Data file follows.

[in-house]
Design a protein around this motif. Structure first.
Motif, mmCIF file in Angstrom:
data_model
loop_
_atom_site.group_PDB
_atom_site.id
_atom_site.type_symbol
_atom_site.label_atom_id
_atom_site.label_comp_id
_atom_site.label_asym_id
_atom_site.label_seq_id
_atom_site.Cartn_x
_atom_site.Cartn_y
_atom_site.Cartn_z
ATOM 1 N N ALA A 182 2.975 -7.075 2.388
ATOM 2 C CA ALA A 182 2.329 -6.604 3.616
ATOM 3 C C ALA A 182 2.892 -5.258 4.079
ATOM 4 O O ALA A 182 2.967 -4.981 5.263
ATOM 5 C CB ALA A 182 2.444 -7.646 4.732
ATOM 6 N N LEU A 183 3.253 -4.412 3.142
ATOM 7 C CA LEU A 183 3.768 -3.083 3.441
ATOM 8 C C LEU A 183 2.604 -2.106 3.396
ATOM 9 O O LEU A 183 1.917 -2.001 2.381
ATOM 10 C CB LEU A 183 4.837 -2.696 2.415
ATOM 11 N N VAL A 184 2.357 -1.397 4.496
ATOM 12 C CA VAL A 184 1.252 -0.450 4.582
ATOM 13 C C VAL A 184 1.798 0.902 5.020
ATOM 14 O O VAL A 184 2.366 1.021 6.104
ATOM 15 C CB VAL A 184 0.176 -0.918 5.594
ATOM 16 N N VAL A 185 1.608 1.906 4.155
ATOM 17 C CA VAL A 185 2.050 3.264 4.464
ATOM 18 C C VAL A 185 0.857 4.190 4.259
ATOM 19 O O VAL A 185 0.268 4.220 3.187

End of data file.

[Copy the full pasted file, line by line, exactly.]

[in-house]
Design a protein around this motif. Structure first.
Motif, mmCIF file in Angstrom:
data_model
loop_
_atom_site.group_PDB
_atom_site.id
_atom_site.type_symbol
_atom_site.label_atom_id
_atom_site.label_comp_id
_atom_site.label_asym_id
_atom_site.label_seq_id
_atom_site.Cartn_x
_atom_site.Cartn_y
_atom_site.Cartn_z
ATOM 1 N N ALA A 182 2.975 -7.075 2.388
ATOM 2 C CA ALA A 182 2.329 -6.604 3.616
ATOM 3 C C ALA A 182 2.892 -5.258 4.079
ATOM 4 O O ALA A 182 2.967 -4.981 5.263
ATOM 5 C CB ALA A 182 2.444 -7.646 4.732
ATOM 6 N N LEU A 183 3.253 -4.412 3.142
ATOM 7 C CA LEU A 183 3.768 -3.083 3.441
ATOM 8 C C LEU A 183 2.604 -2.106 3.396
ATOM 9 O O LEU A 183 1.917 -2.001 2.381
ATOM 10 C CB LEU A 183 4.837 -2.696 2.415
ATOM 11 N N VAL A 184 2.357 -1.397 4.496
ATOM 12 C CA VAL A 184 1.252 -0.450 4.582
ATOM 13 C C VAL A 184 1.798 0.902 5.020
ATOM 14 O O VAL A 184 2.366 1.021 6.104
ATOM 15 C CB VAL A 184 0.176 -0.918 5.594
ATOM 16 N N VAL A 185 1.608 1.906 4.155
ATOM 17 C CA VAL A 185 2.050 3.264 4.464
ATOM 18 C C VAL A 185 0.857 4.190 4.259
ATOM 19 O O VAL A 185 0.268 4.220 3.187